DOI: 10.1101/479006Nov 27, 2018Paper

The pentaglycine bridges of Staphylococcus aureus peptidoglycan are essential for cell integrity

BioRxiv : the Preprint Server for Biology
Joao M MonteiroMariana G Pinho

Abstract

Bacterial cells are surrounded by cell wall, whose main component is peptidoglycan (PG), a macromolecule that withstands the internal turgor of the cell. PG composition can vary considerably between species. The Gram-positive pathogen Staphylococcus aureus possesses highly crosslinked PG due to the presence of cross bridges containing five glycines, which are synthesised by the FemXAB protein family. FemX adds the first glycine of the cross bridge, while FemA and FemB add the second and the third, and the fourth and the fifth glycines, respectively. Of these, FemX was reported to be essential. To investigate the essentiality of FemAB, we constructed a conditional S. aureus mutant of the femAB operon. Depletion of femAB was lethal, with cells appearing as pseudomulticellular forms that eventually lyse due to extensive membrane rupture. This deleterious effect was mitigated by drastically increasing the osmolarity of the medium, indicating that pentaglycine crosslinks are required for S. aureus cells to withstand internal turgor. Despite the absence of canonical membrane targeting domains, FemA has been shown to localise at the membrane. To study its mechanism of localisation, we constructed mutants in key residues present in the...Continue Reading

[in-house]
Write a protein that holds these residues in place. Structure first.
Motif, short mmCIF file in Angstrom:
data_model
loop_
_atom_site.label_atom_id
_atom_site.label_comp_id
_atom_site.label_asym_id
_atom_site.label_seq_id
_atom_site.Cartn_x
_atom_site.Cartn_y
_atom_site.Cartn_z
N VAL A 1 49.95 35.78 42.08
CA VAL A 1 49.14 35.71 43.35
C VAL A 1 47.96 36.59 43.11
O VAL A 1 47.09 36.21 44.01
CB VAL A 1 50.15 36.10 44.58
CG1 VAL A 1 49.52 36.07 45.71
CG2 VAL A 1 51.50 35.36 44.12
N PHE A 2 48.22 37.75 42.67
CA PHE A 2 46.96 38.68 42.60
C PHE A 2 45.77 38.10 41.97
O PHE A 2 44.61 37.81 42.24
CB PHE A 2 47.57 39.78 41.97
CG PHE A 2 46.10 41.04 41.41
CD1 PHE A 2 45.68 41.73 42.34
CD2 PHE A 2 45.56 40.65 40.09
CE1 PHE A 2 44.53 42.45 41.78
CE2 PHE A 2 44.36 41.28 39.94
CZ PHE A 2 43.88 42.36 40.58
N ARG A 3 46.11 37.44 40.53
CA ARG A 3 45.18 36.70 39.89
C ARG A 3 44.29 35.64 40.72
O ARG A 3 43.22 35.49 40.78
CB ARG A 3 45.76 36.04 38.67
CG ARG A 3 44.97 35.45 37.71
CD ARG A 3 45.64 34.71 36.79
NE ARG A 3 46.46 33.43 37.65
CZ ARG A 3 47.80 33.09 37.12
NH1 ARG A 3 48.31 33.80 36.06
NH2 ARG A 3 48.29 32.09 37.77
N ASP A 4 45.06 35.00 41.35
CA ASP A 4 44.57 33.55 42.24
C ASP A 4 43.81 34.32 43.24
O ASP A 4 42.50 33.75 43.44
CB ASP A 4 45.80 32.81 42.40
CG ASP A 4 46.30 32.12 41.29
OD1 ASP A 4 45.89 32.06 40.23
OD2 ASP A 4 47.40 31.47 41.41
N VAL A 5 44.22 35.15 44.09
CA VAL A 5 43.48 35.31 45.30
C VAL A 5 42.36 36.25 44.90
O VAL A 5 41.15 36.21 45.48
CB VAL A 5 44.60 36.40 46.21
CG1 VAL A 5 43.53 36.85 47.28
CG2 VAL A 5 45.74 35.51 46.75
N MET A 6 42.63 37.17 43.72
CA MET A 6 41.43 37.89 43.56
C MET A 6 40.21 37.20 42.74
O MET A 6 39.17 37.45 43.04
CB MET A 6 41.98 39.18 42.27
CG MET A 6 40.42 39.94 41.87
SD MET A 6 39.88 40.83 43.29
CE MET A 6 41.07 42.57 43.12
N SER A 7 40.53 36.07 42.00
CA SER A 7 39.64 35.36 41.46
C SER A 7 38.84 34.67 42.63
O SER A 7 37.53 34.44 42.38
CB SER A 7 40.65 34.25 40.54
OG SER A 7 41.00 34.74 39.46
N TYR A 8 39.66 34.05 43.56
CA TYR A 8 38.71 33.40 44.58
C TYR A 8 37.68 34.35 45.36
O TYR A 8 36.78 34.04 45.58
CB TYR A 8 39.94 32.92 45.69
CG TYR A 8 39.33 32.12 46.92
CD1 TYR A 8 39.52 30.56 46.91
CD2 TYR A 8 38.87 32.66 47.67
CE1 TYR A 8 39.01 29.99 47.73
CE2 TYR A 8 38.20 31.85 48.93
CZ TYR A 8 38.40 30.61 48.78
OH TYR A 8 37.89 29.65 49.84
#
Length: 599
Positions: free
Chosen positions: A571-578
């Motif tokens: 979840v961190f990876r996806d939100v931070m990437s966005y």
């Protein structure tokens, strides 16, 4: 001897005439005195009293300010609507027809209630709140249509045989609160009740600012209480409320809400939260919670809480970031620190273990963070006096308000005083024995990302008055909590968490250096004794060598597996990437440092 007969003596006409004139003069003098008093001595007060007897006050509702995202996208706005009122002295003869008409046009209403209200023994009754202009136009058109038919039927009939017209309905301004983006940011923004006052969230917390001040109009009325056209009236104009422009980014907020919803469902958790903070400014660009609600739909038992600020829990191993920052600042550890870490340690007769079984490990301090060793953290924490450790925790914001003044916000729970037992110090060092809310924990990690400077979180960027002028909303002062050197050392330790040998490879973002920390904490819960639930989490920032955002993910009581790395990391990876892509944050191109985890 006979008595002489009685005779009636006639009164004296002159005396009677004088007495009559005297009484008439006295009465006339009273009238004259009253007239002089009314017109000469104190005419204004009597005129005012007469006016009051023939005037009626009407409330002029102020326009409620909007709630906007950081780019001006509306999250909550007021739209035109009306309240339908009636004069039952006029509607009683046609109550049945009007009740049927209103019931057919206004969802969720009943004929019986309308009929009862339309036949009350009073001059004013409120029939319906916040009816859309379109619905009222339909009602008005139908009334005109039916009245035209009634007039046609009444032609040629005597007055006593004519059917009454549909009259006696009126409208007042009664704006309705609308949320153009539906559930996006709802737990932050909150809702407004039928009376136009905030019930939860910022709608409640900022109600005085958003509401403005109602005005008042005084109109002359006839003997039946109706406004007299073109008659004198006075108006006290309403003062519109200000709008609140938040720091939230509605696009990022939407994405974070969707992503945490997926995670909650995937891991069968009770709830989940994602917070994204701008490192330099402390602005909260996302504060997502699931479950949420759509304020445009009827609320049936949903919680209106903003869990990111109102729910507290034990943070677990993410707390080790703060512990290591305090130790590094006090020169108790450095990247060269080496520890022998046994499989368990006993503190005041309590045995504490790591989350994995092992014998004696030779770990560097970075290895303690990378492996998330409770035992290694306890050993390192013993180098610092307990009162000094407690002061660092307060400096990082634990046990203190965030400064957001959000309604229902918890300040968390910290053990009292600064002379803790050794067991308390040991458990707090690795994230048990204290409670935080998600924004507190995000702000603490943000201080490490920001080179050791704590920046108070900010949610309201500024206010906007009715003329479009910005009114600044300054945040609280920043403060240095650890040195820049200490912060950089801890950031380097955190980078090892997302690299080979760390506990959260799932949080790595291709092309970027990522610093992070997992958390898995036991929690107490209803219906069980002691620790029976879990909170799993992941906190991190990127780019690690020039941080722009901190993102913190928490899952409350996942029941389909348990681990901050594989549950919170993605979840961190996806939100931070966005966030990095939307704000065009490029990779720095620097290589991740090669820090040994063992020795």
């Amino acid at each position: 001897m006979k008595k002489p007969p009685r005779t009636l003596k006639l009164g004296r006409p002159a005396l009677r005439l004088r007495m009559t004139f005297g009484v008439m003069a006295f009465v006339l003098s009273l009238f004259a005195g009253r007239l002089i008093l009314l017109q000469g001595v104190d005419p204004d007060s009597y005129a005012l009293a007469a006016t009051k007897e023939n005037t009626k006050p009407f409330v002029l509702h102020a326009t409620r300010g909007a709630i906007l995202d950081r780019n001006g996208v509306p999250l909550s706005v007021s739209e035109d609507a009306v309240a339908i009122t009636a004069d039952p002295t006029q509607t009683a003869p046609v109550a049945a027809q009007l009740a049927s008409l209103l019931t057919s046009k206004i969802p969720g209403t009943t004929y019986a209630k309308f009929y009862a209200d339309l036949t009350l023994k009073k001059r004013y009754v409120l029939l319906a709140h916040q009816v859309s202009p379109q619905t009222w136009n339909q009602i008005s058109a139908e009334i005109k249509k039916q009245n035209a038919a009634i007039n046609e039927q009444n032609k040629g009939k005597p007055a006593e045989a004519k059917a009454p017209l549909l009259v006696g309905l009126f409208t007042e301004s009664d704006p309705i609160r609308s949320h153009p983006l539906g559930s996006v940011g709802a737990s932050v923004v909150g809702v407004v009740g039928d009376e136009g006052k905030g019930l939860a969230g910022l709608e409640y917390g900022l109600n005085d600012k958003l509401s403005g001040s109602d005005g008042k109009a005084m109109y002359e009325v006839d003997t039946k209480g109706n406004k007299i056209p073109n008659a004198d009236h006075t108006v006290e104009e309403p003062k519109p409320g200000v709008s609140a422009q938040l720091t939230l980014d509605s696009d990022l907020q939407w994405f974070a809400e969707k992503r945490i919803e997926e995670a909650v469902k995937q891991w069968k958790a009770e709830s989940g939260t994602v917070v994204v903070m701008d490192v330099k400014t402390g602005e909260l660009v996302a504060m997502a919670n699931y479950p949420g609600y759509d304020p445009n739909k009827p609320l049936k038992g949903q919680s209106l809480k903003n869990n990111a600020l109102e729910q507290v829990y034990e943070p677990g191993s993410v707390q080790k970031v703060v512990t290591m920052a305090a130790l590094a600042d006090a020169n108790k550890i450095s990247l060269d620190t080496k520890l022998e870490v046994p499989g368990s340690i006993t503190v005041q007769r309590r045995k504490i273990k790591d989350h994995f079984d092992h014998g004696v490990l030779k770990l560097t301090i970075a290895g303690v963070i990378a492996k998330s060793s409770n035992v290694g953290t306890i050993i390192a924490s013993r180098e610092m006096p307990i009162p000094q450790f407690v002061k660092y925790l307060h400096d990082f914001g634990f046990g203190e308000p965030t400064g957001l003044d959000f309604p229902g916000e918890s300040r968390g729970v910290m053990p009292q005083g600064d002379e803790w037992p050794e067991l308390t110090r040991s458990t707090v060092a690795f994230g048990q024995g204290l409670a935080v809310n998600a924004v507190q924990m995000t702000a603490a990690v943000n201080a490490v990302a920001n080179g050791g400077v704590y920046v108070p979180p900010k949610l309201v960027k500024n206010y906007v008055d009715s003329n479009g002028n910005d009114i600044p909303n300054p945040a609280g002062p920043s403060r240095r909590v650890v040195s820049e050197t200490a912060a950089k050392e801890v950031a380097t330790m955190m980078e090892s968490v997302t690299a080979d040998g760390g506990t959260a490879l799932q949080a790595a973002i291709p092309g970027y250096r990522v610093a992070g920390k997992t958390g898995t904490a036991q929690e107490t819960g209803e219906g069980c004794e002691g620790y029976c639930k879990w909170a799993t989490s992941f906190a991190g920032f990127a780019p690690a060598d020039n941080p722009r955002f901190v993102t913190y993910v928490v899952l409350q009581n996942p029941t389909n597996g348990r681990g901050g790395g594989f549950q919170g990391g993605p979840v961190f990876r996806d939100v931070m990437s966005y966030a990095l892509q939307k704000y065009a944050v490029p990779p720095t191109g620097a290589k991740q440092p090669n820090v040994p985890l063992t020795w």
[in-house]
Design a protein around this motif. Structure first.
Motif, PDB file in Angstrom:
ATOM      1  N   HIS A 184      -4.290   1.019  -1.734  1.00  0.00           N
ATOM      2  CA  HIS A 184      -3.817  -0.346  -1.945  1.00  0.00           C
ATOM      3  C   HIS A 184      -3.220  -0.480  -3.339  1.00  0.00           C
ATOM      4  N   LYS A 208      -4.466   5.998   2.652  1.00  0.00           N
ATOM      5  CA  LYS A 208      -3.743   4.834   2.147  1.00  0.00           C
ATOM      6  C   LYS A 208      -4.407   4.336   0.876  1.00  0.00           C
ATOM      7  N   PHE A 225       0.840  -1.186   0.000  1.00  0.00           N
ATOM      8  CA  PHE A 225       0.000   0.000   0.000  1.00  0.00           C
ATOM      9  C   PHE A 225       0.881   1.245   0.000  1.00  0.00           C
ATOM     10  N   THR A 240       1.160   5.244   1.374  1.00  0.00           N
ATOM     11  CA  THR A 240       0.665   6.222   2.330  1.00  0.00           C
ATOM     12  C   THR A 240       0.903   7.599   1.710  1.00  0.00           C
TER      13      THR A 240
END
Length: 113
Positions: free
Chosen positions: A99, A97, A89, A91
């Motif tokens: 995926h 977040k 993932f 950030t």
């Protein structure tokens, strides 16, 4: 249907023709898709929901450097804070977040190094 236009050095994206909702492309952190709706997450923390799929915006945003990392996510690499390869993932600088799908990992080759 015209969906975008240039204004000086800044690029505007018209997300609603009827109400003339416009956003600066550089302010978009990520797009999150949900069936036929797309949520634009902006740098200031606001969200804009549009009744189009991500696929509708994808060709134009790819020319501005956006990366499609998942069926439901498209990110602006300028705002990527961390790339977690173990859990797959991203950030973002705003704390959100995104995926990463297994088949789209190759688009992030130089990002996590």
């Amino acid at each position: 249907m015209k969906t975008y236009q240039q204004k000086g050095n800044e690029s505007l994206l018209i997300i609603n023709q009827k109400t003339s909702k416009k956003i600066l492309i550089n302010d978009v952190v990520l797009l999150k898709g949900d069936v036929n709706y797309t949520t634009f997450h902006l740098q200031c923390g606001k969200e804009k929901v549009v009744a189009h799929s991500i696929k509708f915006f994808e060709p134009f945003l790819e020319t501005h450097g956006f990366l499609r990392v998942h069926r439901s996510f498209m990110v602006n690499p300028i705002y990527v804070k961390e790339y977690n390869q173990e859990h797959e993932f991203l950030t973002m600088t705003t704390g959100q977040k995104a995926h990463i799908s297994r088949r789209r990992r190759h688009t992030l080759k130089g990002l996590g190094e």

Related Concepts

Cell Wall
Cross-Linking Reagents
Glycine
Gram-Positive Bacteria
Operon
Peptidoglycan
Staphylococcus aureus
Macromolecule
Membrane
Mutant

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